Transportation

New York, Still Wary of Sharing, Goes to Court to Stop Lyft


New York State officials are seeking a temporary restraining order against Lyft, the Uber competitor that announced plans this week to start offering its ride-sharing services in New York City. Superintendent of Financial Services Benjamin Lawsky and Attorney General Eric Schneiderman accuse Lyft of failing to follow state and local licensing rules. The company, known for its pink-mustached vehicles, was set to begin service in New York City on Friday, July 11.

Schneiderman has already tangled with both Uber and the Airbnb, another stalwart of the so-called sharing economy that allows people to rent out spare bedrooms or entire homes. He cited concerns that Airbnb could be undermining tenant and tourist protections, and he subpoenaed user data from Airbnb last year. The parties announced a settlement last month.

Earlier this week Schneiderman once again brokered a deal with a sharing startup, this time through an agreement with Uber to restrict its practice of surge pricing for rides during emergencies. The attorney general’s office had been investigating whether Uber violated price-gouging laws in the past.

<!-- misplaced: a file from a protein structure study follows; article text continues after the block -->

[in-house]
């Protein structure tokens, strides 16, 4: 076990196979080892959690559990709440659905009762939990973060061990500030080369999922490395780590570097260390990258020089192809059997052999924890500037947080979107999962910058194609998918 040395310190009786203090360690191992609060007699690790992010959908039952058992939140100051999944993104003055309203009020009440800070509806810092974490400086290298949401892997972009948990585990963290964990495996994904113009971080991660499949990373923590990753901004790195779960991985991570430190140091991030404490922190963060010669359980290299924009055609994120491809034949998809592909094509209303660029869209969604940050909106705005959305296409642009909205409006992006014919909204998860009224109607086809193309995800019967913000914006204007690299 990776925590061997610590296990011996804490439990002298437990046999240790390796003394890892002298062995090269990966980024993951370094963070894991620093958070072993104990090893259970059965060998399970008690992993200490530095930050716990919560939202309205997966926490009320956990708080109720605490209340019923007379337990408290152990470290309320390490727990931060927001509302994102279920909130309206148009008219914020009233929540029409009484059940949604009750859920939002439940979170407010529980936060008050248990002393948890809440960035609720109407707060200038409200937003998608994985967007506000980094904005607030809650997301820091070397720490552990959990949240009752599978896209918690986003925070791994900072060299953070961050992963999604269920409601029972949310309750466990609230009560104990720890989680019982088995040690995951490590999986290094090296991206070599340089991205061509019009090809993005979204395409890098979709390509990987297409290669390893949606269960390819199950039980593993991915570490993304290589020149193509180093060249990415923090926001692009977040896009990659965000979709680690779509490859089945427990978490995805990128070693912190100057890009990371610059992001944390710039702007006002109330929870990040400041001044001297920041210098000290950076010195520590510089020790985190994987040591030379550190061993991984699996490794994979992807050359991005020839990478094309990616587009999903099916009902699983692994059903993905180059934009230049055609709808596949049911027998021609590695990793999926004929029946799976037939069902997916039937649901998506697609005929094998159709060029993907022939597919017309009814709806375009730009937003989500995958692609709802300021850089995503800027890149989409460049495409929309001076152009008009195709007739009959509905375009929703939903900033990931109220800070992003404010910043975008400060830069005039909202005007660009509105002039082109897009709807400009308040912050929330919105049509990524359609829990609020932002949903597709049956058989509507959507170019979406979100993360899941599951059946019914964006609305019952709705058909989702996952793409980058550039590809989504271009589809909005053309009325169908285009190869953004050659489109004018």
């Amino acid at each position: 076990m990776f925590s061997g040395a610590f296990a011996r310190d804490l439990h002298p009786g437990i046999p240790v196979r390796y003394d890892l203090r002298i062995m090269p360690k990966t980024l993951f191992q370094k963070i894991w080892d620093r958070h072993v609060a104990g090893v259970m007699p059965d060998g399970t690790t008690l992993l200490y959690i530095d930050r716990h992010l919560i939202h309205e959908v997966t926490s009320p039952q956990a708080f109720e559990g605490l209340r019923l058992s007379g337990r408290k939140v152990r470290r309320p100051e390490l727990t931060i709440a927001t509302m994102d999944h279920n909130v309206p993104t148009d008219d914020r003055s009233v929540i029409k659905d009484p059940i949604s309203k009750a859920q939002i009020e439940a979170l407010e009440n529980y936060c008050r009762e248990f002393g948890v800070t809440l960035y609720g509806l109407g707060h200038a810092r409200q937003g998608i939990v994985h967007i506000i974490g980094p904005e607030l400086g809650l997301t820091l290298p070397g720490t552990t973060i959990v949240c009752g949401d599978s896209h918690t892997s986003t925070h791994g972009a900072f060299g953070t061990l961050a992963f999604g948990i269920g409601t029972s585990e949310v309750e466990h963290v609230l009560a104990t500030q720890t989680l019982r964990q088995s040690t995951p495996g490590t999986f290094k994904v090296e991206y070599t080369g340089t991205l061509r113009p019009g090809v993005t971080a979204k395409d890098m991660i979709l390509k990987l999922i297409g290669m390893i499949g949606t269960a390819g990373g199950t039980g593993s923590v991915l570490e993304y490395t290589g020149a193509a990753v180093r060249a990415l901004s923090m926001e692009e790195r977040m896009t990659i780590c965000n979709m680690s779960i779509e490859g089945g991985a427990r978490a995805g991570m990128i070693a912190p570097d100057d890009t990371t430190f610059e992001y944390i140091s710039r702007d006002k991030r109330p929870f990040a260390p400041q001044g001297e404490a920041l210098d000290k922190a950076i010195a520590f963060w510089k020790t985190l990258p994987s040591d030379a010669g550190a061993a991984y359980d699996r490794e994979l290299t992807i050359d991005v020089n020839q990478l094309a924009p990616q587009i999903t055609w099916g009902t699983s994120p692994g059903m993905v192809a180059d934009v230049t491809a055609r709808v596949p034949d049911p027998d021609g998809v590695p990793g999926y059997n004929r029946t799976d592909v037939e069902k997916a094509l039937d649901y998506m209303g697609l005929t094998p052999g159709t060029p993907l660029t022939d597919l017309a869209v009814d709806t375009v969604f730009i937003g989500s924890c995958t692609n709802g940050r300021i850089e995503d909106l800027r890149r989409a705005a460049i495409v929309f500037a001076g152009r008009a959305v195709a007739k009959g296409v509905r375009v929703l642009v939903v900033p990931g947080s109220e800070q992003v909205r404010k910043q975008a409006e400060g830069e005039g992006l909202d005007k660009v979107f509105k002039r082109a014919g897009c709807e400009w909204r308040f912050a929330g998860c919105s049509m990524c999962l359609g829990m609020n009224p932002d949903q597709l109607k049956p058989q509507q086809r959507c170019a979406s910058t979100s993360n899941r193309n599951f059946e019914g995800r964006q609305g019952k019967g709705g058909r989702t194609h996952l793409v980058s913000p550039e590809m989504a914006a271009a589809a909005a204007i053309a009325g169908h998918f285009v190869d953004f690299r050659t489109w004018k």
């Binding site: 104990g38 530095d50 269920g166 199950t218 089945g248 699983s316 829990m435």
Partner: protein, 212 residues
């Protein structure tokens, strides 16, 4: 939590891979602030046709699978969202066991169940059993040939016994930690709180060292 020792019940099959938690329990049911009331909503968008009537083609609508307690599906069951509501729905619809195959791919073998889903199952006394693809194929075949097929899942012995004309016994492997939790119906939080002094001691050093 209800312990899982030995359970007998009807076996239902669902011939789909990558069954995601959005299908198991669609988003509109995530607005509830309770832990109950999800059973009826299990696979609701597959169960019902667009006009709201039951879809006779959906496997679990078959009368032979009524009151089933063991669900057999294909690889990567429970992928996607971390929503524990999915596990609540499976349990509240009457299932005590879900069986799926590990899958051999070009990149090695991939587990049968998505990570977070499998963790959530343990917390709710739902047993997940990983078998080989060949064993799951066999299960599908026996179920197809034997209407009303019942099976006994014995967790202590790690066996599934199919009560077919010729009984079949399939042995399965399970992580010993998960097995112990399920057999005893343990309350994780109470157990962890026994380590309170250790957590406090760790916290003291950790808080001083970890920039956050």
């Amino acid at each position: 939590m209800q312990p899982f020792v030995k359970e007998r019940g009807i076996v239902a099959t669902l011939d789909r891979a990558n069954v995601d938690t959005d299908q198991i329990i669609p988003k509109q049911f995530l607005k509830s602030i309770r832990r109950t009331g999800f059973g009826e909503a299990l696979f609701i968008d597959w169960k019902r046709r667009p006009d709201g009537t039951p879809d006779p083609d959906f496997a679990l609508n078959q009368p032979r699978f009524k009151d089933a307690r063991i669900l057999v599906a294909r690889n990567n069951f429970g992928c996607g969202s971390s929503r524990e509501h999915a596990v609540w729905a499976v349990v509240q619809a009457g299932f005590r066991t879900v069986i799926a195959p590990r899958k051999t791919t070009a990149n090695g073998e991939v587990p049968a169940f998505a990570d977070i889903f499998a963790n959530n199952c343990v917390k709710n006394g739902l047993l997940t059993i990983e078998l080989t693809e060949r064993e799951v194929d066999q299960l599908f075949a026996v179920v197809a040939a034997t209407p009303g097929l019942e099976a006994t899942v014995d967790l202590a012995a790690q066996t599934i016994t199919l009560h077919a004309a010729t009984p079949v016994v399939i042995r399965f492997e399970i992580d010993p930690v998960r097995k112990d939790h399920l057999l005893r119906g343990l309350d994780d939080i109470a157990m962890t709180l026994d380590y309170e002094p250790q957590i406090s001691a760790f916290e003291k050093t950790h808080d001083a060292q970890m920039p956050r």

In the new complaint against Lyft, Schneiderman’s office said this:

“As it has done in every other city in which it operates, defendant has simply waltzed into New York and set up shop while defying every law passed whose very purpose is to protect the people of the state of New York.”

A Lyft spokesperson replied:

“We are in a legal process with local regulators today and will proceed accordingly. We always seek to work collaboratively with leaders in the interests of public safety and community, as we’ve done successfully in cities and states across the country, and hope to find a path forward for ridesharing in New York.”

Lyft’s awkward entry stands in something of a contrast with Uber, which (surge-pricing issue aside) seems to have reached an accord with local regulators in New York—at least compared with its apparent defiance of cease-and-desist orders elsewhere. Under a pilot program, New York City’s signature yellow cabs can be hailed using the Uber app, while Uber’s black cars are subject to the same regulations as any others.

“New York is, I guess, kind of unique in that we haven’t had to deal with the same issues that other cities have with respect to this ride-share issue,” Allan Fromberg, a deputy commissioner for the Taxi and Limousine Commission, said earlier this month. “We’ve made it extremely clear exactly what our rules and regulations are and that, you know, we will take the appropriate enforcement action for any vehicle that’s operating outside the umbrella of licensure.”

Eidelson is a reporter for Bloomberg Businessweek in Washington.

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